Many people today find that life just doesn’t provide any opportunities to take a break and wind down. By the end of a long working day, there’s barely time to eat a good meal and get sufficient sleep before the whole cycle begins again. With Sundays often being spent consumed by the knowledge that Monday is right around the corner yet again, it’s a constant struggle.
It’s important, then, to be careful with the energy we spend. To prioritize and to spend it where it’s needed. We humans, perhaps, aren’t the best in the animal kingdom at this. Sloths, on the other hand, appear to have mastered the whole concept. Are they lazy? No, that’s a common misconception. They’re actually just incredibly energy efficient!
According to the WWF, sloths only cover around 41 yards in a day. Depending on your enthusiasm for exercise, this may sound like either an ideal or a nightmare existance, but it suits them just fine. With very slow metabolisms, they burn very little energy in this way. With their arboreal lifestyle, too, they have few predators to flee from, and so can afford to take it easy. Their primary diet also consists of the likes of leaves, which means that their ‘prey’ is very unlikely to flee from them in turn. No need to chase their food!
Sloths, it seems, have long been huge fans of the vegetarian diet. This is a great thing for us, as: Without the giant sloths of the ancient world, we’d have no access to avocados.
The Secret Ingredient Is Prehistoric Sloth Poop
The avocado, as any nutritionist will tell you, is a real superfood. Per Healthline, they are fantastic sources of a range of nutrients, such as fiber, healthy fats and various vitamins. In October 2019, The Journal of Nutrition published the study “A Moderate-Fat Diet with One Avocado per Day Increases Plasma Antioxidants and Decreases the Oxidation of Small, Dense LDL in Adults with Overweight and Obesity: A Randomized Controlled Trial,” from Li Wang et al.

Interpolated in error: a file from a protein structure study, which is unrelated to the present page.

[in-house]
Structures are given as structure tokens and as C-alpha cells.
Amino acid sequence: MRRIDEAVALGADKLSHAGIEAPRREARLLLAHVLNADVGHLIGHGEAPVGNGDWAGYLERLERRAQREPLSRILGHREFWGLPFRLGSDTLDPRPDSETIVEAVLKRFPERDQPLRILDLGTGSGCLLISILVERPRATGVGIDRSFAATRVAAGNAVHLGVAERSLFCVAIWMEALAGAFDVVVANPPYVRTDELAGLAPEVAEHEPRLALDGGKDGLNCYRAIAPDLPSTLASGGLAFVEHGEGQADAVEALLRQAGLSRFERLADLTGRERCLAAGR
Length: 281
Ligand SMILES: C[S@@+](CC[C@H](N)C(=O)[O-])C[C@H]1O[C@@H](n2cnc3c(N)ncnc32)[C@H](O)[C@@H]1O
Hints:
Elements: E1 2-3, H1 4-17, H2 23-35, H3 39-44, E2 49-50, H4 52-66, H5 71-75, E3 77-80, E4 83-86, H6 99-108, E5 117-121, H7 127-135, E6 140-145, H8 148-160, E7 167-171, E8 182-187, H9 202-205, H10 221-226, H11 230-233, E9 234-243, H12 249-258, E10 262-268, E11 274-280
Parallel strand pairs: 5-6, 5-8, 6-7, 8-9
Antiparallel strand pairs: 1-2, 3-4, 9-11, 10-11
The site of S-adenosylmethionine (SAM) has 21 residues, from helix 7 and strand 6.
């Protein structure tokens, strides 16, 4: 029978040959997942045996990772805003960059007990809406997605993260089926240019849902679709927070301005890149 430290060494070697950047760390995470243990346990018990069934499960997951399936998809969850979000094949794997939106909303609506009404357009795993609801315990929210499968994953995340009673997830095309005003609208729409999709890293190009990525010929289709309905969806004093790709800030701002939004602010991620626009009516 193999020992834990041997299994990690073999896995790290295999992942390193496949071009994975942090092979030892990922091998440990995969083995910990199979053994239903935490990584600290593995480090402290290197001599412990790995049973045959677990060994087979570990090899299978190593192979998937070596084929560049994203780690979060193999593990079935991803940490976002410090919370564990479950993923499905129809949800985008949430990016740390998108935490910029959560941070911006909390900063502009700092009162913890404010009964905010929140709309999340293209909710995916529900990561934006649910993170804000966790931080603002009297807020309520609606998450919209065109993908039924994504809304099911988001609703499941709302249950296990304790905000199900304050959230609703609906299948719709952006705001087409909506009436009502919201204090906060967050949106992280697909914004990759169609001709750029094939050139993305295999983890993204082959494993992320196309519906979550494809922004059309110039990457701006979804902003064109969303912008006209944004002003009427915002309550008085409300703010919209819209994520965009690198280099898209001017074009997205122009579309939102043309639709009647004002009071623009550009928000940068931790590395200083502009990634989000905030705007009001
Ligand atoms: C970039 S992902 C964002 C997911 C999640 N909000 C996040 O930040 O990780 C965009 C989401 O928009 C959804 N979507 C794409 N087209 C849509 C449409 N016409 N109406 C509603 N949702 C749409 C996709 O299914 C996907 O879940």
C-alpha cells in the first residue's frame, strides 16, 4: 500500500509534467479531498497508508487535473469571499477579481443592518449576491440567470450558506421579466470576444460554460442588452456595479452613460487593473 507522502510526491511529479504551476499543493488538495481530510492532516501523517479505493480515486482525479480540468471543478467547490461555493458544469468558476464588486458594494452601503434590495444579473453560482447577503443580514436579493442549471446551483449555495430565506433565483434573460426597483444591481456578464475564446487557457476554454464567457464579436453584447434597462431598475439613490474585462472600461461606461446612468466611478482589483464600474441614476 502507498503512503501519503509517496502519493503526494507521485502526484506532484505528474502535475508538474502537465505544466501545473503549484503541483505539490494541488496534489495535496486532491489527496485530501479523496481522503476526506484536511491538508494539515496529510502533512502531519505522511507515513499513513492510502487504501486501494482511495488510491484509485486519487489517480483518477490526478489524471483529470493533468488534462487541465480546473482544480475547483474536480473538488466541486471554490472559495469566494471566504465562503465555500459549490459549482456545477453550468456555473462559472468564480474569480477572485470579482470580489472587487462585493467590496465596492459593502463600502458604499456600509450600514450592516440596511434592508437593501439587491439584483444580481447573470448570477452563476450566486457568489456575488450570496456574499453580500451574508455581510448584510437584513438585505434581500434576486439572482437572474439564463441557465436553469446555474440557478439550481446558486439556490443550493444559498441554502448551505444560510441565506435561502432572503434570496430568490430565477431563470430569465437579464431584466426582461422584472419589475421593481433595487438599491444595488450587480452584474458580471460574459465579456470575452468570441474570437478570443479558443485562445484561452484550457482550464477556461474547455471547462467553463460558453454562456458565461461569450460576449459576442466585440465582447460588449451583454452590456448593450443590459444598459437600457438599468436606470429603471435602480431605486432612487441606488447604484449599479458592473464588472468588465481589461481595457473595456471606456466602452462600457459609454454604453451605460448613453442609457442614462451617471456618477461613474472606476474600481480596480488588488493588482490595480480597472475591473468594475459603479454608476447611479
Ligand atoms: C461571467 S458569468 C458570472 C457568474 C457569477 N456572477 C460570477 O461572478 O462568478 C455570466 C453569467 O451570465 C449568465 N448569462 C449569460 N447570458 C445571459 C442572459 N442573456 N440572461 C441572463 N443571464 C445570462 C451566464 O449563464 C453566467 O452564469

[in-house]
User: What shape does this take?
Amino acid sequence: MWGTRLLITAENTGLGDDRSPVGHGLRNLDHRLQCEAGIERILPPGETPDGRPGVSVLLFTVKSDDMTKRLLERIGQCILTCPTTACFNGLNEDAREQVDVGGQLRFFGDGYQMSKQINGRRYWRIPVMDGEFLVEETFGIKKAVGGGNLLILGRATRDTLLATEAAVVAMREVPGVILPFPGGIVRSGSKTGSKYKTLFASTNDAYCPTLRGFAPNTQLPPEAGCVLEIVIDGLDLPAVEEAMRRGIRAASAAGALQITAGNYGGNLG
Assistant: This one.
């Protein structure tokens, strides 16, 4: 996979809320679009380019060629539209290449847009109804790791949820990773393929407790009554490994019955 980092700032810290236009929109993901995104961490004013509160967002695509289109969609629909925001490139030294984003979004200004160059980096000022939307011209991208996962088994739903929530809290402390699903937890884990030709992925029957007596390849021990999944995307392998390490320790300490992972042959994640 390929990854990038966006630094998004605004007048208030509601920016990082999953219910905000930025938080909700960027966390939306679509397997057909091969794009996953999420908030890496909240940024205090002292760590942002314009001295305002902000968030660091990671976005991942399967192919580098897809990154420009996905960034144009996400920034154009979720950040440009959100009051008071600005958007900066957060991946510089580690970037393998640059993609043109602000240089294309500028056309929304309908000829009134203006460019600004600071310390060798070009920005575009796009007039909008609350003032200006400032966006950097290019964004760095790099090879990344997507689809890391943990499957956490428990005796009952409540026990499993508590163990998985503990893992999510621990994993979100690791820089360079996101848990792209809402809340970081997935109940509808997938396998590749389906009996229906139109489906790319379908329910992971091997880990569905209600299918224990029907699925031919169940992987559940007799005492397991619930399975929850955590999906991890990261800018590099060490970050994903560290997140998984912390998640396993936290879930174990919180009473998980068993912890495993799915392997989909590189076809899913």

The researchers concluded, “one avocado a day in a heart-healthy diet decreased oxLDL in adults with overweight and obesity, and the effect was associated with the reduction in sdLDL.” With a generalized, mild taste, avocados are easily fitted into a range of recipes and meals, making them as versatile as they are nutritious. The millions of people worldwide who enjoy them might be surprised to find that they have an unusual source to thank for them: the poop of giant sloths!
Avocados shouldn’t still exist at all, really. The plant dates back to the Cenozoic era, when the planet was inhabited by all manner of huge, fascinating, terrifying creatures. One of these was the giant sloth. These creatures have a proud history of truly earning the moniker of giant sloth: the biggest known species was the Megatherium, which reportedly weighed around three tons!
Despite their enormous, intimidating nature, giant sloths ate plants. Plants, as we know, have a range of cunning methods of spreading their seeds and ensuring their continued existence. Some make themselves sweet-smelling and inviting to lure pollinators, for instance, while certain trees employ those distinctive helicopter seeds so the wind carries their essence far and wide.
Prehistoric avocado trees, meanwhile, utilized those ravenous giant sloths in a different, rather more disgusting way. Its seeds were distributed in the poop of those sloths. This method not only spread the seeds around a given area, but it also leaves them with a convenient source of ready-applied fertilizer. Isn’t nature a wonderful thing?